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Part of my job includes managing a social media presence for the organization. I haven’t been trained in marketing or social media but it’s definitely a hobby that I love to learn more about.

There have been a handful of people who frown on the including the URL to linked content in the body of the social media post. Why should you really? The link is right there on Facebook with the title, picture and summary. Here are 3 reasons why I do it this way:

1. Security 

I hate clicking on links. I’m one of those people who makes sure that each link is going to take me to where I originally think I’m going to go. If things aren’t exactly right I will not go there through the hyperlink. If a link is sent through email, I usually ask where the sender found the link and make sure that they sent it.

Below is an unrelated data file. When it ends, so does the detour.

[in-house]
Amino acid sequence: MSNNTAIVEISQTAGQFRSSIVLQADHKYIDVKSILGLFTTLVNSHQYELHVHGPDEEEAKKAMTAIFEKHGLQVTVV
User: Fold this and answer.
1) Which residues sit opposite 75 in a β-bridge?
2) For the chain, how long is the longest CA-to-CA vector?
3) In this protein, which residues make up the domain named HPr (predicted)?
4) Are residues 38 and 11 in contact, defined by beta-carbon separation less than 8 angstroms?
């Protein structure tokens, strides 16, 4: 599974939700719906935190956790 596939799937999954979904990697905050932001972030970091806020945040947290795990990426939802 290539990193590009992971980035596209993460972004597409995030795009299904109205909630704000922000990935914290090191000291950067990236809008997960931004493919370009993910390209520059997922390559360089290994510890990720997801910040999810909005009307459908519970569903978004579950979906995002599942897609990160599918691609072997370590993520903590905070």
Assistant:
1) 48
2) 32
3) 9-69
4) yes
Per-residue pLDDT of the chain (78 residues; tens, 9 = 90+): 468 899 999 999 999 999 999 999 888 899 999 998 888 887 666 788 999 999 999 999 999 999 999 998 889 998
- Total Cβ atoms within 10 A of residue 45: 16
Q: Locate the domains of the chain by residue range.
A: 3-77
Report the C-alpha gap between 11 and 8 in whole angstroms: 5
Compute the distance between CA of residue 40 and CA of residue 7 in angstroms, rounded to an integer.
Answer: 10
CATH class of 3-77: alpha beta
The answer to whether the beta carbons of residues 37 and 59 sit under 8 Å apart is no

I know that I’m paranoid and Facebook usually lists the URL in the link right under the title. But, I like seeing it in a place that I know it can’t be tampered with the link is exactly how it was typed into the content box. We use custom shorted URL. We have a custom 4-letter.org URL and each page is given a numeric value. I know where this will take me and I know who it came from.

2. How I Use Social Media

As I’m scrolling through my newsfeed, I am much more likely to click on a blue linked URL in the midst of regular conversational text than I am to click on something set apart unless it looks super interesting. Maybe it’s just me but how I use social media plays very heavily into how I create content for public pages.

3. Interactions

Posts that include the URL in the post content get more interaction than those that don’t. I’ve played with this from time to time and the posts that include the URL almost always get more likes or comments. Chances are if you give someone’s feed two chances to click something (and it’s presented in two different ways) you’ll get more people looking at it and interaction with it.

I’m definitely not the authority on this. It’s just what I’ve noticed and how I use social media. I’m willing to be convinced that I’m wrong.